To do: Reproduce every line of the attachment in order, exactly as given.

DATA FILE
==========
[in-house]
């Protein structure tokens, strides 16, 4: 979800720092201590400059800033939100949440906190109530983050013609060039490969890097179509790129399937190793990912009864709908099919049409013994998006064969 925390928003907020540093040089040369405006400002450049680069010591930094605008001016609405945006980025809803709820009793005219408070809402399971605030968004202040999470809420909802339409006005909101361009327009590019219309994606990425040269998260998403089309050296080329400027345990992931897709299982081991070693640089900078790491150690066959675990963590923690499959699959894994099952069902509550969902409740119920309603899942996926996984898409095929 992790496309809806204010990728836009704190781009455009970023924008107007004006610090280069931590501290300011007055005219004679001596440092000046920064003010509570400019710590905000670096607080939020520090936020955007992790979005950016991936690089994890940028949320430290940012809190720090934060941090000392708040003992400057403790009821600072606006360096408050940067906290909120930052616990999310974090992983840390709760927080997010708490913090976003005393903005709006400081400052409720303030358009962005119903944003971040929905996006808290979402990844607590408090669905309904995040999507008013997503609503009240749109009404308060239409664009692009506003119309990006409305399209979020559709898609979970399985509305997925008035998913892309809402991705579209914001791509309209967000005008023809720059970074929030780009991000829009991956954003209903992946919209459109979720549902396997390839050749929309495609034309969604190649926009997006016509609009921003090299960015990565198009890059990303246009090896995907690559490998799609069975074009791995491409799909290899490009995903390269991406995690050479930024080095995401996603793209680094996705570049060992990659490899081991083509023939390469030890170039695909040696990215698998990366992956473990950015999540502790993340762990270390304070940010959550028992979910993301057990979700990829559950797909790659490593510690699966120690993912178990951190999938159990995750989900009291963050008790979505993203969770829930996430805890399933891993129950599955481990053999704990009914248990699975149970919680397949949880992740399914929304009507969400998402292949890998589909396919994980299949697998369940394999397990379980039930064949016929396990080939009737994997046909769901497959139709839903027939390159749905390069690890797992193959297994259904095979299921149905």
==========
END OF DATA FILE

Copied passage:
[in-house]
């Protein structure tokens, strides 16, 4: 979800720092201590400059800033939100949440906190109530983050013609060039490969890097179509790129399937190793990912009864709908099919049409013994998006064969 925390928003907020540093040089040369405006400002450049680069010591930094605008001016609405945006980025809803709820009793005219408070809402399971605030968004202040999470809420909802339409006005909101361009327009590019219309994606990425040269998260998403089309050296080329400027345990992931897709299982081991070693640089900078790491150690066959675990963590923690499959699959894994099952069902509550969902409740119920309603899942996926996984898409095929 992790496309809806204010990728836009704190781009455009970023924008107007004006610090280069931590501290300011007055005219004679001596440092000046920064003010509570400019710590905000670096607080939020520090936020955007992790979005950016991936690089994890940028949320430290940012809190720090934060941090000392708040003992400057403790009821600072606006360096408050940067906290909120930052616990999310974090992983840390709760927080997010708490913090976003005393903005709006400081400052409720303030358009962005119903944003971040929905996006808290979402990844607590408090669905309904995040999507008013997503609503009240749109009404308060239409664009692009506003119309990006409305399209979020559709898609979970399985509305997925008035998913892309809402991705579209914001791509309209967000005008023809720059970074929030780009991000829009991956954003209903992946919209459109979720549902396997390839050749929309495609034309969604190649926009997006016509609009921003090299960015990565198009890059990303246009090896995907690559490998799609069975074009791995491409799909290899490009995903390269991406995690050479930024080095995401996603793209680094996705570049060992990659490899081991083509023939390469030890170039695909040696990215698998990366992956473990950015999540502790993340762990270390304070940010959550028992979910993301057990979700990829559950797909790659490593510690699966120690993912178990951190999938159990995750989900009291963050008790979505993203969770829930996430805890399933891993129950599955481990053999704990009914248990699975149970919680397949949880992740399914929304009507969400998402292949890998589909396919994980299949697998369940394999397990379980039930064949016929396990080939009737994997046909769901497959139709839903027939390159749905390069690890797992193959297994259904095979299921149905």